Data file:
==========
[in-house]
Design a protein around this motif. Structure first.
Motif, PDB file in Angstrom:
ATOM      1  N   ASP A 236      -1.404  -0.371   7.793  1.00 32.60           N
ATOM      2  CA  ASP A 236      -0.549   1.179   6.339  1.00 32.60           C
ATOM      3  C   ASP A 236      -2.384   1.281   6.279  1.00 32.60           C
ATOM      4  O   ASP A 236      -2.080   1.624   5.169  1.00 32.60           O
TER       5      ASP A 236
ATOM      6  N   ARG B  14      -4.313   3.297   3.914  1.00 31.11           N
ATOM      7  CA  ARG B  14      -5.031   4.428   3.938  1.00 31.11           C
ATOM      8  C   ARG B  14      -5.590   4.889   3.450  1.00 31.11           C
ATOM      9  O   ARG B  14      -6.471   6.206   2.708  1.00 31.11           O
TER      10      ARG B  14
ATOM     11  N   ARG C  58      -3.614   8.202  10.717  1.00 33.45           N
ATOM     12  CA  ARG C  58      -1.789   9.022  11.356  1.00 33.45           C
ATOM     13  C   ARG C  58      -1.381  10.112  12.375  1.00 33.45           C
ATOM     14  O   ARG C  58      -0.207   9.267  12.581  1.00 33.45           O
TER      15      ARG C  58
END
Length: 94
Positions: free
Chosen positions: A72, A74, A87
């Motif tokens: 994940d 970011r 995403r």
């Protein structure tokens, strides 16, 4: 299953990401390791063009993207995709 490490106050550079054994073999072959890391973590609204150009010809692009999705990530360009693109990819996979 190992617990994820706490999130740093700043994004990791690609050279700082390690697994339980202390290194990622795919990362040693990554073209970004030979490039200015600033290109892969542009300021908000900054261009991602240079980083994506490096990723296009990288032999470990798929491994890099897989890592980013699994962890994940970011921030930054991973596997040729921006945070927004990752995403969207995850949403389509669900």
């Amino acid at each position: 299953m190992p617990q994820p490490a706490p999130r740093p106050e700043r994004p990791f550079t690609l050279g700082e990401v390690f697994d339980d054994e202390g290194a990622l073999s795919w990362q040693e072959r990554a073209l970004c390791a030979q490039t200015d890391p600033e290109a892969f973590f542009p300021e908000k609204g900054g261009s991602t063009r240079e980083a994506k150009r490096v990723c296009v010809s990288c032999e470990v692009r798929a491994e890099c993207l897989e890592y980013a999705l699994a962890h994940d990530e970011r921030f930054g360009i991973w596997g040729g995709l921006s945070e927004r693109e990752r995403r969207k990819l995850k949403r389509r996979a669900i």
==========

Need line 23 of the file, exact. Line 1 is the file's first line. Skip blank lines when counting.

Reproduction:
């Motif tokens: 994940d 970011r 995403r």